Driver Safety Increases Profitability

Using Fleet Management for Reputation Management: Your Vehicles and Customer Service


Texting and Driving

Using Fleet Management for Reputation Management

One key activity that can be challenging but is often neglected by small business is reputation management. A bad review on Google, a disgruntled customer who shares their dissatisfaction with friends, or someone your driver ticked off by their behavior on the road can hurt your business a great deal.

The problem is the technology to spread that dissatisfaction is within reach for nearly any driver. Phones with cameras allow them to catch the truck that cut them off or made an illegal turn, and many drivers have dashcams of their own, allowing footage of poor driver behavior to go viral in a matter of minutes.

Your vehicles represent your company on the road, like a rolling billboard. Accidents and tickets not only look bad to anyone who happens to be driving by, but they also may put your company on the news for all the wrong reasons. In this case, not all publicity is good publicity.

Fleet tracking and vehicle tracking technology can help you stop damaging driver behavior before it gets out of hand. Here are some of the ways it works.

Generate Driver Scorecards

Driver scorecards include things like harsh braking, fast acceleration and cornering, and even sudden lane changes. Not only do these behaviors set your employees up for accidents or tickets, but they can leave a bad impression on the driver who witnesses them. That driver can spread the word of that poor experience far and wide.

This scorecard can be used to coach and train drivers, allowing you to set up a fleet safety program with best practices. Repeat offenders can be written up, sent to driving school, or even fired for repeat offenses.

Set up a system that works for your company and follow the same process every time.

  • Give a verbal warning and offer coaching and retraining.
  • Write the driver up depending on the severity of the offense, and the number of times the driver has been warned.
  • If poor driving behavior continues, take further action, either suspension or termination.

Keep in mind that some offenses may call for more direct and immediate action. Causing or being a part of an accident, endangering other drivers or property, and even more serious behavior may mean skipping one or more of the steps above, including immediate termination.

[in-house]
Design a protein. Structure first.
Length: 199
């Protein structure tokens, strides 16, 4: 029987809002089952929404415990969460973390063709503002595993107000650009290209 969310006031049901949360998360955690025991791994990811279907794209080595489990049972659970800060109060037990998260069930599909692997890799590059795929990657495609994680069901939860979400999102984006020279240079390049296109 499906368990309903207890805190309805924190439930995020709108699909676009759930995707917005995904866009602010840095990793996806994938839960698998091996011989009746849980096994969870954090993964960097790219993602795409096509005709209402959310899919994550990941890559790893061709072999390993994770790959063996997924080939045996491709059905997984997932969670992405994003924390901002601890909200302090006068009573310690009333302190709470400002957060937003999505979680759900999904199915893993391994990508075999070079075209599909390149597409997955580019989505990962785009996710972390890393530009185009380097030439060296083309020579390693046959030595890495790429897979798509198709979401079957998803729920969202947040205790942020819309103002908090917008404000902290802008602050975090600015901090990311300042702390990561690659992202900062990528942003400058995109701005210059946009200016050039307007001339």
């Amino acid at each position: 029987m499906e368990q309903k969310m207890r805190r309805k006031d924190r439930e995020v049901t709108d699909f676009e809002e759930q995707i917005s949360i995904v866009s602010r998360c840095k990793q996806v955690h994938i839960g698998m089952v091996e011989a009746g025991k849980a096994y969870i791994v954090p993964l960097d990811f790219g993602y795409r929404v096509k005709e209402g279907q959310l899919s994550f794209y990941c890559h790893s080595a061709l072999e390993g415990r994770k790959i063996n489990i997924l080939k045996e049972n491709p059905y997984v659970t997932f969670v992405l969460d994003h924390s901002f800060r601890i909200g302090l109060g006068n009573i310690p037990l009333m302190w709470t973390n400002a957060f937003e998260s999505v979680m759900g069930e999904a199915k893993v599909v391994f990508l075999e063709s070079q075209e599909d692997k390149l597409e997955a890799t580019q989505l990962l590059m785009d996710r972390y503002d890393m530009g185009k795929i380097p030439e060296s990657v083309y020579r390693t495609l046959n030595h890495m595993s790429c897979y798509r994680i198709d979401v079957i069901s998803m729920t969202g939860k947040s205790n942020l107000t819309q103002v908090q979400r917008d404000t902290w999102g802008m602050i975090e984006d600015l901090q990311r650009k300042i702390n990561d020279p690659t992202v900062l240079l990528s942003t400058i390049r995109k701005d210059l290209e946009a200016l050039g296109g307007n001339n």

Be very transparent about this process and let anyone who complains about your driver’s behavior on the road know that action will be taken, and the problem will be addressed. A bad mark on your company’s reputation due to driver behavior can be just as costly as an actual accident.

Use Cameras to View Driver Behavior

As a part of fleet tracking, more companies are using cameras focused on the driver. Some have a “live view” that allows fleet managers to see what drivers are doing in real-time. Others have artificial intelligence features that can alert owners and managers if a driver is on the phone, texting, distracted, and even whether they are using their seat belt or not.

This information can be used to educate drivers and coach them on proper behavior. Letting them know the camera is on them can encourage them to behave more appropriately in the first place. It also helps provide additional data for your driver scorecards and justify any action you may need to take.

Other drivers might be upset by your driver’s behavior despite their best intentions. If you have data to back up what your driver or another driver on the road has told you, that information can help you make the right decision, take appropriate action, or exonerate your drivers.

Driver Education

Probably the most vital part of reputation management is driver education. Remind drivers that your vehicle is a billboard for your company.

  • A trip around the block is better than cutting someone off.
  • Speeding can cause accidents and tick off drivers around them, triggering complaints.
  • Other drivers can be sensitive to things like sudden lane changes, running “questionable” lights, and hard braking and acceleration.
  • Behavior in residential areas, school zones, and other “sensitive” areas are even more vital.
  • Obeying all posted signs on private property and around customer buildings and in their yards is as important as their behavior on the road.
  • Polite responses, the acknowledgment of mistakes, and general driving courtesy can make the difference between a complaint and a compliment.
  • To maintain your company reputation, you have to address complaints as they happen.

The more your drivers know, the more they can work to be part of the solution to reputation management.

Clear Company Contact Information

Another part of reputation management is to have clear company contact information on each vehicle.

  • Display the vehicle number or other identifier clearly and be sure it matches what you are using in your fleet tracking software.
  • Have a contact number for reporting driver behavior (i.e. “How’s my driving?” number)
  • Double-check data and complaints with your fleet management software and respond to customer concerns promptly.

Your company vehicle is like a billboard, a rolling advertisement for your business, good or bad. Reputation management on the road is an important part of fleet management, and vehicle tracking can help you prevent complaints, confirm data if they do happen, and take the proper corrective action when needed.

You can’t prevent every complaint, accident, and ticket. But through driver education, the use of cameras and AI, and GPS tracking for fleet management, you can actively protect your company reputation.

Questions? Contact us at EcoTrack Fleet Management. We’re here to help.

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